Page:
Thursday, 28 October 2021

Renault Sandero Stepway Takes On The Urban Jungle


A small, affordable, economical and tough yet comfortable compact urban crossover, the Renault Sandero is an ideal and uncomplicated daily driver engineered with developing markets in mind. A rebadged version of Renault’s Romanian subsidiary Dacia’s high riding Sandero Stepway and its base hatchback sister, the Renault version is virtually indistinguishable bar the French manufacturer’s iconic diamond-like badge.

Introduced in its first generation in 2008, the Stepway is already in its third generation for some markets, but for others, like SA, the second-generation Sandero model is still going strong.

Wide stance compact 

A junior sister model to Renault’s and Dacia’s popular Duster crossover, with a more distinctly urban appeal and less emphasis on off-road ability, the second generation Stepway was first launched at the 2012 Paris Motor Show. A smaller proposition than the Duster, the Stepway is noticeably shorter and more condensed in design. Compact and road-oriented as it may be, the Stepway nevertheless has a rugged SUV-like appeal owing to the black cladding along its lower wheel-arches and sills, faux front skid plate and roof rails.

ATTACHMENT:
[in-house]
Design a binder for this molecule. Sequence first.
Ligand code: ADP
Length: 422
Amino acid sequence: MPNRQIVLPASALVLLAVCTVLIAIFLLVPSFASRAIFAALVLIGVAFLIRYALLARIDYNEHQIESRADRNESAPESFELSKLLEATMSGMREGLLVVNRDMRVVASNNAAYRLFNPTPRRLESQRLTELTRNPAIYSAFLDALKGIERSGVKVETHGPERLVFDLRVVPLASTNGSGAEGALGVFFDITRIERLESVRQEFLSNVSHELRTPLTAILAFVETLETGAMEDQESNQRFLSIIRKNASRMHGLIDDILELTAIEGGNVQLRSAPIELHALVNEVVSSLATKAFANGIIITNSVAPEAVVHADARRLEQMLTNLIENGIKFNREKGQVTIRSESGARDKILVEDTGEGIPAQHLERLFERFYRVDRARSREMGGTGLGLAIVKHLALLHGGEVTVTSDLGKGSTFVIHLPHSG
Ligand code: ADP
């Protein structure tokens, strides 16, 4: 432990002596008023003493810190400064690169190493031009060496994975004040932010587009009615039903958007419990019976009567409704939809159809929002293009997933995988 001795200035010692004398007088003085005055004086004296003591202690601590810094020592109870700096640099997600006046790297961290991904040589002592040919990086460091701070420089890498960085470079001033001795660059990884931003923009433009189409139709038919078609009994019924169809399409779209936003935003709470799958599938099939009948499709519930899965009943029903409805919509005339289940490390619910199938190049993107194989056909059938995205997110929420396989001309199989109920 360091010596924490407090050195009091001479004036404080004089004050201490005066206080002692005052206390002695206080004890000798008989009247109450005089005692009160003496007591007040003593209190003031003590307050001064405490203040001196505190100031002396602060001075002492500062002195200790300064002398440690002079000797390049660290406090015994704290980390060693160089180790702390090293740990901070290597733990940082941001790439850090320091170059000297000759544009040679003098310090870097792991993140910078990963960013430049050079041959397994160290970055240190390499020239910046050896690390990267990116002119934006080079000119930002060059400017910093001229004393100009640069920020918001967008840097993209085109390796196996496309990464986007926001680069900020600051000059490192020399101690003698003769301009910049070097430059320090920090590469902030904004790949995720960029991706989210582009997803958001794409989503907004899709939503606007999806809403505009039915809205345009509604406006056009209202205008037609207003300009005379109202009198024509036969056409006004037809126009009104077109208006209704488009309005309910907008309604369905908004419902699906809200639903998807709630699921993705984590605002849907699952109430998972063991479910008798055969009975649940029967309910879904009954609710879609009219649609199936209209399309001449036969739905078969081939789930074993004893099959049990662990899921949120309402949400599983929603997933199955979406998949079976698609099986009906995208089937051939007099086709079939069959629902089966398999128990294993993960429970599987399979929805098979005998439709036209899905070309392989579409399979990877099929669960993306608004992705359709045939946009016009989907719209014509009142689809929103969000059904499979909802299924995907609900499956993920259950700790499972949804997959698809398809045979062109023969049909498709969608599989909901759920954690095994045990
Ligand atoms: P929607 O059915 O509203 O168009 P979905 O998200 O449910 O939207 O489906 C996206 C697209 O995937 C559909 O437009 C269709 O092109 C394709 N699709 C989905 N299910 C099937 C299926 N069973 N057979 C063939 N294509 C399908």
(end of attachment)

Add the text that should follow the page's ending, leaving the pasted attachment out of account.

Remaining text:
With similar width and height, and short wheelbase and rear overhang, the Stepway looks as agile and manoeuvrable as it is on the road, and seems to sit on the road with a greater sense of width than its demure dimensions suggest. With its lower cladding, subtly pronounced wheel-arches, broad bonnet and browed grille and headlights, the Stepway’s sense of width is further accentuated, despite compact actual proportions. Meanwhile, the Stepway features discretely bulging rear haunches and an arcing roofline tapering to a concise rear treatment.

A step-up successor

A compact and comparative lightweight at an estimated 1,055kg, the Stepway develops 66 kW at 5,250rpm and 135 Nm at 2,500rpm, which allows decent estimated headline performance figures including 11-seconds 0-100km/h acceleration and approximately 170km/h top speed. Confident and responsive to throttle input from a standstill, the Stepway is progressive through revs and in power and torque delivery. 

Playful yet predictable